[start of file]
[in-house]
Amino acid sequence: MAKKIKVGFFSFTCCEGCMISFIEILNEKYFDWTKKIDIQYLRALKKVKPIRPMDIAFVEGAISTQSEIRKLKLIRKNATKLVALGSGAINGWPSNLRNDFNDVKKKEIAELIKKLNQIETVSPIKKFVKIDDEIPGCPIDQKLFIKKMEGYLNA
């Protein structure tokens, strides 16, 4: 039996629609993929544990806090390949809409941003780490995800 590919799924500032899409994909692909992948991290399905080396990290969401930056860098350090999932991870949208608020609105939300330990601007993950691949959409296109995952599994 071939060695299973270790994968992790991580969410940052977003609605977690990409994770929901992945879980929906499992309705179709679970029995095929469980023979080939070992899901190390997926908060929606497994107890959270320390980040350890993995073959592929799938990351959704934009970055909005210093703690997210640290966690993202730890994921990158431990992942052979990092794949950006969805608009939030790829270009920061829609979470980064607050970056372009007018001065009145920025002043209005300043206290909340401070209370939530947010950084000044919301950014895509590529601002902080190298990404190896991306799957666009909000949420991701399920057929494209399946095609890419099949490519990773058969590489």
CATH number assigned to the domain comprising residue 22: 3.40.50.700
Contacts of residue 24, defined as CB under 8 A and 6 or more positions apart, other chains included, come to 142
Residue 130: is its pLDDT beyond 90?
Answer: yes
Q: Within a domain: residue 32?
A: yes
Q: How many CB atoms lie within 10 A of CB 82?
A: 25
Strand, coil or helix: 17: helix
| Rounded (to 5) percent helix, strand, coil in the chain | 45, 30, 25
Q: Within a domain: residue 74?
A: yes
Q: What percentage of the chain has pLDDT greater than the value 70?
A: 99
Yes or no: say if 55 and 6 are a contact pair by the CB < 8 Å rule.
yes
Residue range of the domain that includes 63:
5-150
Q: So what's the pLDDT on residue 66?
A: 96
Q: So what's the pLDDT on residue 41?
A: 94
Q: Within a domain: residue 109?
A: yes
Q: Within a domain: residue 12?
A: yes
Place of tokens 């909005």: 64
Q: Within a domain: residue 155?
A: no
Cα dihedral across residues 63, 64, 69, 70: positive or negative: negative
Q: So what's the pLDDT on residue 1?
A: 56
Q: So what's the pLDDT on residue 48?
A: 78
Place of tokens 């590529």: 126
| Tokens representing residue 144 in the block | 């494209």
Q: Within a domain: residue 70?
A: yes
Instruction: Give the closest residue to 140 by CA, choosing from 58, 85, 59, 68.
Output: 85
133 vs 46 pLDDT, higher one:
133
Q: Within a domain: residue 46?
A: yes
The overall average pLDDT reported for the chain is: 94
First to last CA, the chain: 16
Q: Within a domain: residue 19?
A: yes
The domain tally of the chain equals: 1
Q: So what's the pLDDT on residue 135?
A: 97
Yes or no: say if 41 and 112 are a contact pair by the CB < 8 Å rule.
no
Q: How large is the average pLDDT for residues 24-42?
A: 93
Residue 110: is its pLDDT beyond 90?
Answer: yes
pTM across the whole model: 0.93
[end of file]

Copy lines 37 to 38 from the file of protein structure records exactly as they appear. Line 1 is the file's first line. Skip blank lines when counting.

A: 78
Place of tokens 């590529």: 126